Besides the problem of waiting around on solutions, another issue commonly occurs. When business users request solutions from IT, the details often get lost in translation. As a result, the finished product isn’t exactly what the user requested.
Shadow IT helps address this problem, as it eliminates the risk of miscommunication. When the users are the ones finding/building their own solutions, they find solutions that better align with their goals.
“Shadow IT will generally yield a solution more closely aligned with the original business need with less emphasis on technology capabilities and more emphasis on the appropriateness, alignment, and the speed of delivery of the end product,” Dirk Garner, Principal Consultant at Garner Software. “Scheduling is simpler with Shadow IT delivered solutions as there is at least one fewer groups participating in the project therefore there are fewer scheduling constraints.”
3. It removes obstacles and improves productivity
Employees turn to Shadow IT when they can’t get the solutions they need, or to get around restrictions set up by the business. In many businesses, the IT department is viewed as an obstacle rather than a partner. Or, strict corporate policies make it hard to accomplish much of anything.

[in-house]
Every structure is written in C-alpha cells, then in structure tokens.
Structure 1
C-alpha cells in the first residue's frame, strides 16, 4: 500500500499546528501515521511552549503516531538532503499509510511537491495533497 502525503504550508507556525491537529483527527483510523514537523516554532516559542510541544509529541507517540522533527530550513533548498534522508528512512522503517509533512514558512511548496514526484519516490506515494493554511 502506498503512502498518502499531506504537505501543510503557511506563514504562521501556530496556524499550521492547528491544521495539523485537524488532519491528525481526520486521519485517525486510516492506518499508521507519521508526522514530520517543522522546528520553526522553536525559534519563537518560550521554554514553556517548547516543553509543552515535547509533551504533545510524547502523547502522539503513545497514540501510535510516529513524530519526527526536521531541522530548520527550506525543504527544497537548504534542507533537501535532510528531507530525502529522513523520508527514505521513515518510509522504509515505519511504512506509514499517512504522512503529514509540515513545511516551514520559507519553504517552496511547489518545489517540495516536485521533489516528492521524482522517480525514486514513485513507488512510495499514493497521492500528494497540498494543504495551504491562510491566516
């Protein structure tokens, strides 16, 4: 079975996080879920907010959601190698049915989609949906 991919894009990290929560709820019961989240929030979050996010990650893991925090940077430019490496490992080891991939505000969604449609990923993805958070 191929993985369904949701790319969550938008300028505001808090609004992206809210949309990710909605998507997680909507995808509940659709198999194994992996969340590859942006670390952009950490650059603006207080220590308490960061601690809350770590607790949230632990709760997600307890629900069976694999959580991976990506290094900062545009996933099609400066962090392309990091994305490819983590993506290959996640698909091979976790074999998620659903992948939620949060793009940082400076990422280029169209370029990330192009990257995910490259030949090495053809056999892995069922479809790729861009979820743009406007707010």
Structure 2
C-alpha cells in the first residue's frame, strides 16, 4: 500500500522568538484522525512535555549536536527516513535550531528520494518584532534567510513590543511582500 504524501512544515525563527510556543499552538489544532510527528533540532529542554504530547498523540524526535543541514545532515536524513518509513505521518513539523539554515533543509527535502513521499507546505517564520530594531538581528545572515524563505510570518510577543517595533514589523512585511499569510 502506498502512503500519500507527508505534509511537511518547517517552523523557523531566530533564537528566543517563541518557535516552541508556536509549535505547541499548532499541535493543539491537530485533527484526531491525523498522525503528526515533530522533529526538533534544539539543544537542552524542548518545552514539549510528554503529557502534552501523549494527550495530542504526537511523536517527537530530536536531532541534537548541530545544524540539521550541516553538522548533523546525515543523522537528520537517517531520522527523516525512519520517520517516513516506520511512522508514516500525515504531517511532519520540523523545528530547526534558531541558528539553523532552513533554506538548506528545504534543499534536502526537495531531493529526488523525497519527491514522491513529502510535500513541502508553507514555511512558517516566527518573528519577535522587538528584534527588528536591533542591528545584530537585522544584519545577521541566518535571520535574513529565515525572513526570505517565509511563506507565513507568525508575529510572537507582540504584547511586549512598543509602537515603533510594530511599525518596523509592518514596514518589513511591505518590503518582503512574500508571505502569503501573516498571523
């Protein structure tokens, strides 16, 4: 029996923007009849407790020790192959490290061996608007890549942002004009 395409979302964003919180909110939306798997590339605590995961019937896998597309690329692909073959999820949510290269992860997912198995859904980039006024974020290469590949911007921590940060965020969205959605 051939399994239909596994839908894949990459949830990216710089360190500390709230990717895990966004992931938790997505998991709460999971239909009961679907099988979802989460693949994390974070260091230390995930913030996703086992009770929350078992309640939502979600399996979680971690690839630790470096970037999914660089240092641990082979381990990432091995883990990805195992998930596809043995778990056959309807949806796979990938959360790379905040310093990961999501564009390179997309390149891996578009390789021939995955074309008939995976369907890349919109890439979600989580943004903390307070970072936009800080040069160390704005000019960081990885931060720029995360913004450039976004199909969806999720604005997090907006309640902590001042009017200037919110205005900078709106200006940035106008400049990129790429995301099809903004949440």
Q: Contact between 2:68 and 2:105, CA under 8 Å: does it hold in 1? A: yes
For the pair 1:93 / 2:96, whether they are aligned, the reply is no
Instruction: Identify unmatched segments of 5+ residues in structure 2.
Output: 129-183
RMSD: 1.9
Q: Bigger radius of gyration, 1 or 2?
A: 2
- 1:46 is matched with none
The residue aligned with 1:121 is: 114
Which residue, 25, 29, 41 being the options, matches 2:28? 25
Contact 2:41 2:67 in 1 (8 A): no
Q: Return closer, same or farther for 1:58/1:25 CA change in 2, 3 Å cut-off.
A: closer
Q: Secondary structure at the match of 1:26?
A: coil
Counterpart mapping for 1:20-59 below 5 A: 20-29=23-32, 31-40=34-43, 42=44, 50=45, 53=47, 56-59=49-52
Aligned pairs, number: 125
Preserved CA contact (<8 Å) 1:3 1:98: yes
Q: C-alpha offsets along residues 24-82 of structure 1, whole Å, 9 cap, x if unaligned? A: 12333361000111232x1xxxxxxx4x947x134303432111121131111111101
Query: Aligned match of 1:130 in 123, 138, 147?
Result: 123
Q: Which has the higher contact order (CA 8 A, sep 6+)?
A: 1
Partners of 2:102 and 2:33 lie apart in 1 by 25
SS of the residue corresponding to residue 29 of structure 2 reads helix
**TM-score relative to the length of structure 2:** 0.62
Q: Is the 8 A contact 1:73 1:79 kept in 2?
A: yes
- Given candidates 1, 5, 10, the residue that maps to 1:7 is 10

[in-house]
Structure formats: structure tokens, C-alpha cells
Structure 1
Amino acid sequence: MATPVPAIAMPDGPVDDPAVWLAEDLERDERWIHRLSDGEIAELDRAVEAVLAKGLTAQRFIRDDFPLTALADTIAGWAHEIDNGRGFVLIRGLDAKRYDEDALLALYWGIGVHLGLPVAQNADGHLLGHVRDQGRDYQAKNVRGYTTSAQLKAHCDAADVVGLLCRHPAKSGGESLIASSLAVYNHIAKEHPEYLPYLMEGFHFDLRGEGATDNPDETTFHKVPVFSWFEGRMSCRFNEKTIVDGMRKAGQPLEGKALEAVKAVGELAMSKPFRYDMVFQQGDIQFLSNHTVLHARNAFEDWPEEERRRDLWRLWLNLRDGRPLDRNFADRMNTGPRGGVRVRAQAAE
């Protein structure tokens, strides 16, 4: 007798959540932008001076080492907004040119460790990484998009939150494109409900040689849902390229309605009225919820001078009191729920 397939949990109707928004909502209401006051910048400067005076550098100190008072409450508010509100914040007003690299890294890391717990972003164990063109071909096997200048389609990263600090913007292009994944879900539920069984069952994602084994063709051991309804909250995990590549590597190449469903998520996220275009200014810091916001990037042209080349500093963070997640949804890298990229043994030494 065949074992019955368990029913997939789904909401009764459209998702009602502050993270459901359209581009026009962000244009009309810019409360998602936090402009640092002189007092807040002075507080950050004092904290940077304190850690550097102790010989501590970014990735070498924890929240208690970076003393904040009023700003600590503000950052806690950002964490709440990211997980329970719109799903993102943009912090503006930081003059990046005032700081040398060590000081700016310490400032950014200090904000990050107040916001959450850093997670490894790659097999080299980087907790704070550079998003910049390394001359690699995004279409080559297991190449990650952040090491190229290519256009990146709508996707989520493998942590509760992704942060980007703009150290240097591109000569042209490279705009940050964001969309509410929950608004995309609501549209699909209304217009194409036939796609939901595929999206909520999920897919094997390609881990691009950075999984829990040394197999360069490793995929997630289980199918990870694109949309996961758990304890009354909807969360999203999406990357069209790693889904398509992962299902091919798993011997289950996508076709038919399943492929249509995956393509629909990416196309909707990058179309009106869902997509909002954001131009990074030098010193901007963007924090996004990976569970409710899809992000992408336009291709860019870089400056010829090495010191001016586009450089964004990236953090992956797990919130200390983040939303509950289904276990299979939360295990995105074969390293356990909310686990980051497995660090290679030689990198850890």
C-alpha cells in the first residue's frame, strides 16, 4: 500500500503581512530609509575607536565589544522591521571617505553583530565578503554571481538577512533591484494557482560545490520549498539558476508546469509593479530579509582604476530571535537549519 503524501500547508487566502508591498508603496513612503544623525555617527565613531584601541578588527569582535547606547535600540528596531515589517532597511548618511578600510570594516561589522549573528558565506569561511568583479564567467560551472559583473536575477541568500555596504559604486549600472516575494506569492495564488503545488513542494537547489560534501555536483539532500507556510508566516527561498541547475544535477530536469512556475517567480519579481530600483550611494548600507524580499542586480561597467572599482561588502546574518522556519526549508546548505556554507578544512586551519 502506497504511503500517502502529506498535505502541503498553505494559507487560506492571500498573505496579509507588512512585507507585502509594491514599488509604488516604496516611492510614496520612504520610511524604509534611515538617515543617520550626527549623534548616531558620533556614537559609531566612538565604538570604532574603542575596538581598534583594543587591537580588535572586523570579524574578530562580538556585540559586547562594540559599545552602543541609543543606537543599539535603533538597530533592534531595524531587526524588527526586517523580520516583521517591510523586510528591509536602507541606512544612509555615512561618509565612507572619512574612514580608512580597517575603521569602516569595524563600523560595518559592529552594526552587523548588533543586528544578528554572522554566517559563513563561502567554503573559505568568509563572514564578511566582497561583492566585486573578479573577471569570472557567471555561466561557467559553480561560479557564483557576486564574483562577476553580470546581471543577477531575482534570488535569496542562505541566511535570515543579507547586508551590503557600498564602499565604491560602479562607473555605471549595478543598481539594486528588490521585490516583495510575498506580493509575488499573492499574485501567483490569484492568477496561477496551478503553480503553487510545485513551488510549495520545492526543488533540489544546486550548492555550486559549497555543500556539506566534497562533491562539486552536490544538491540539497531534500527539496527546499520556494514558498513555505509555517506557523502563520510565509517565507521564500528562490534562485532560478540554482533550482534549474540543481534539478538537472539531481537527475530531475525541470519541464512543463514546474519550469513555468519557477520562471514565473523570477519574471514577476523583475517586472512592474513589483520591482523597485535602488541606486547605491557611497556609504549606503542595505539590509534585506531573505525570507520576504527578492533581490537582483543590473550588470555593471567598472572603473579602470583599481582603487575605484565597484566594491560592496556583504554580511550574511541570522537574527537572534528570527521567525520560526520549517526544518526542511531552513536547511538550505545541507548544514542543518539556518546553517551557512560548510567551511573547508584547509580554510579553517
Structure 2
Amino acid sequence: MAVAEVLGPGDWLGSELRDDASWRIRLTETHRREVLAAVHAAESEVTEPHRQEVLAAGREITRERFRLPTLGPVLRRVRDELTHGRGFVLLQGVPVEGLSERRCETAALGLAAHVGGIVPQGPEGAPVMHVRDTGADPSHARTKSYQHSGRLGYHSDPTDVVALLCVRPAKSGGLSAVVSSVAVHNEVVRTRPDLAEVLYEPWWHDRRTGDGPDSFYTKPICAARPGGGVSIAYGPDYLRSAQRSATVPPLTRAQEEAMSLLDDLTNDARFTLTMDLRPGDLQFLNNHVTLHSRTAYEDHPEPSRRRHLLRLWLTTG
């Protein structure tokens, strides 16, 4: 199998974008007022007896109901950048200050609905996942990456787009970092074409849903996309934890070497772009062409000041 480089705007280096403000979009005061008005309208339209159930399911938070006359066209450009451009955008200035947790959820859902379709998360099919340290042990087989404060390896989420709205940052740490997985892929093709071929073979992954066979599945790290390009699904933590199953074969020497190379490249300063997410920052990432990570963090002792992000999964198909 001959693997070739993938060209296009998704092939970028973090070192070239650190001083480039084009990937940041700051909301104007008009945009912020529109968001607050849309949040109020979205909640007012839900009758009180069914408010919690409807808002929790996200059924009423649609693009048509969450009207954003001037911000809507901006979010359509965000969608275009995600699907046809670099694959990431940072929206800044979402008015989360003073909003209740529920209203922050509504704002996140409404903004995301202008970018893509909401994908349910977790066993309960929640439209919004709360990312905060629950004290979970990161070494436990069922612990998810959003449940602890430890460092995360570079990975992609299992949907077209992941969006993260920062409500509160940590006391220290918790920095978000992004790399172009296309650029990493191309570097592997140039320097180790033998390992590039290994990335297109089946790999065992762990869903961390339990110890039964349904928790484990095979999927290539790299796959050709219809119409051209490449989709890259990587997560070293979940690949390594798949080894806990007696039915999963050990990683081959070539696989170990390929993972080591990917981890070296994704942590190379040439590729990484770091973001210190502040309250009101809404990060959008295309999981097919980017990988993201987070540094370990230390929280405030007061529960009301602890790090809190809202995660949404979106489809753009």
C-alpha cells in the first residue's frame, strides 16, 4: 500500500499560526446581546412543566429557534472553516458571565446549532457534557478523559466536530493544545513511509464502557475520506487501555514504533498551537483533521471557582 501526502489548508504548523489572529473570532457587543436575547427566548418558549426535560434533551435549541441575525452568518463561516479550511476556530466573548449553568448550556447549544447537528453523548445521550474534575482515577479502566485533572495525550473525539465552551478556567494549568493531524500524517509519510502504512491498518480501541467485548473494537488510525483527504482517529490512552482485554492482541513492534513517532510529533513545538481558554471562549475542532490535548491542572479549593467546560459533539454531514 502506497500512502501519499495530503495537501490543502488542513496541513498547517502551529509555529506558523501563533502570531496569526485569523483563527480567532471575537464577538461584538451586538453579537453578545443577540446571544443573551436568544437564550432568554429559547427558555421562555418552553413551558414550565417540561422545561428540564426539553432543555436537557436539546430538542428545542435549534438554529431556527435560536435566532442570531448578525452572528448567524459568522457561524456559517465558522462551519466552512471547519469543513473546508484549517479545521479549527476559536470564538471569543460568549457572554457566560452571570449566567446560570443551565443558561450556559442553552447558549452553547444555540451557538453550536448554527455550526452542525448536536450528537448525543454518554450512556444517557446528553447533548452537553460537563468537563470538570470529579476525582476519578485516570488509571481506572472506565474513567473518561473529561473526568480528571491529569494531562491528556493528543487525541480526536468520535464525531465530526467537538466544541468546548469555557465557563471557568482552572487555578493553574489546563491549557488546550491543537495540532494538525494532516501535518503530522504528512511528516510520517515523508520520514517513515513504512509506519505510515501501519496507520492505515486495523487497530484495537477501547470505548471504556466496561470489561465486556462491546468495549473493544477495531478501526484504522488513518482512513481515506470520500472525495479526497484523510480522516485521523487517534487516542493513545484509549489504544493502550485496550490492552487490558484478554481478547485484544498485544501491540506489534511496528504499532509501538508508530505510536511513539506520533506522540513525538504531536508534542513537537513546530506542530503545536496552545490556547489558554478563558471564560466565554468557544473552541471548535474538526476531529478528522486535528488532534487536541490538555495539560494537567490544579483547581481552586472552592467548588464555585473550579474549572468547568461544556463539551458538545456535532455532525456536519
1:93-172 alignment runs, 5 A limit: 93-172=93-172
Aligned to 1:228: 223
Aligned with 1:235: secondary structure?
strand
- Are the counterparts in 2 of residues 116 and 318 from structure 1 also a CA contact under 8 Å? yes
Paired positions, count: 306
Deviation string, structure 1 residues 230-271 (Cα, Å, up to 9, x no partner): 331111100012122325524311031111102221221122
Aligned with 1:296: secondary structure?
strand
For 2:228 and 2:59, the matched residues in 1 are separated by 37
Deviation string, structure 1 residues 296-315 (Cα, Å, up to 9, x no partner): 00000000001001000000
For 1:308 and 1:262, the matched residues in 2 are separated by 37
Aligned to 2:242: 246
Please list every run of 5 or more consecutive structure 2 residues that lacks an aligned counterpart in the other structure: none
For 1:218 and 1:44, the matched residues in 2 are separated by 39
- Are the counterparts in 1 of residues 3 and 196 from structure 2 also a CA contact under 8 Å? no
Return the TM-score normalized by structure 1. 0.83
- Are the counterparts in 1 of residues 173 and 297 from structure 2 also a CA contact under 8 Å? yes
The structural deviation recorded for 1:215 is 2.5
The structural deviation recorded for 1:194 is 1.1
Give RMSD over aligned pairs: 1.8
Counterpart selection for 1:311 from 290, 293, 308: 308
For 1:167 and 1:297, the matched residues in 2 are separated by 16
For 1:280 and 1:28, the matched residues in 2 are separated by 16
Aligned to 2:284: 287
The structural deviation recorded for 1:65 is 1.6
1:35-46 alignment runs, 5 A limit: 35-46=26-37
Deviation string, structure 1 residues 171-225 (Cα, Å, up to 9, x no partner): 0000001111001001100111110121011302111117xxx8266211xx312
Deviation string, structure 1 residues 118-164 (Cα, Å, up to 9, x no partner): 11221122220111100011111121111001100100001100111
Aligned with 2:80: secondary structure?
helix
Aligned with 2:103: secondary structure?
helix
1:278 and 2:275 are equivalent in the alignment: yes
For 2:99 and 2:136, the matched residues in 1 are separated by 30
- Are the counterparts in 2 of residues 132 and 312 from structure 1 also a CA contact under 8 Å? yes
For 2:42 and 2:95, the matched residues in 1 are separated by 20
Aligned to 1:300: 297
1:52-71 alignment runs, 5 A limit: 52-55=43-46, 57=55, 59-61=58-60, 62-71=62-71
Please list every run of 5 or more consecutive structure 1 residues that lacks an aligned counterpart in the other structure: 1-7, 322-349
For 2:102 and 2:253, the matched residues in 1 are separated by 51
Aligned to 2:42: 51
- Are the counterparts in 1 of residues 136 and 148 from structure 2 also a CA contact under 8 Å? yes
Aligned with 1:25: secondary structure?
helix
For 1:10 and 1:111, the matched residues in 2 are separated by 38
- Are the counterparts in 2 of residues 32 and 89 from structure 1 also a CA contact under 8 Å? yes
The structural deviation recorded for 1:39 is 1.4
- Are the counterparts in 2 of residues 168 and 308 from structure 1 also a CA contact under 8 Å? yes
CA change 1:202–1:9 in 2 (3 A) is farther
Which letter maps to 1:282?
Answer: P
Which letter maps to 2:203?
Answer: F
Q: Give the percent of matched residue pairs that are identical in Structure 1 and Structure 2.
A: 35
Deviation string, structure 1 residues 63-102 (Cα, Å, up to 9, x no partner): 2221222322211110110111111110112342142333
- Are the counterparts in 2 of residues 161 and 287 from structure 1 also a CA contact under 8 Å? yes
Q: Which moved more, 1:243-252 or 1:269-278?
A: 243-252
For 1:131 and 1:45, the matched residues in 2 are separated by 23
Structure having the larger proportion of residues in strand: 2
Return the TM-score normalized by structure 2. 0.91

When you embrace Shadow IT, you can give employees the tools they need for their everyday tasks. As a result, they spend less time looking for workarounds, and more time getting things done.
“Usually, I believe Shadow IT is a bad thing, but it does have a few benefits,” says Curtis Peterson, Digital Marketing Manager at SmartFile. “One, it shows initiative and ingenuity by your employees to overcome obstacles in their day. Your employees are more productive and efficient, and often will take ownership of the item. While your everyday employee might not foresee the security flaws and risks, they will become more efficient in their everyday work.”
4. It Lessens the burden on the IT department
In most companies, the IT department is overworked. They keep the technology running, support the business, and are constantly putting out fires. Handling end user requests for new solutions only adds to their list of tasks.
When Shadow IT is embraced, end users have access to a variety of pre-approved solutions, or the tools to create their own. This removes a burden from the IT department, and lets them focus on other, mission-critical tasks.
“Most IT departments face a perpetually long list of IT project requests from employees and business units,” says Quigley. “Requests are arranged by their perceived significance to the organization financially, operationally or politically, and as a result the project requests that tend to get the short end of the stick are internally facing applications, such as a solution to streamline logistics. Shadow IT empowers employees with these internally facing technology requests to see an application through from ideation to deployment, in turn allowing IT staff to focus on higher-level innovation projects that require deeper IT integration or more technically capable resources.”
Now, these are just a few benefits of embracing Shadow IT, but the list could go on. If you would like to add anything to this list, I’d love to hear it. Feel free to share in the comments.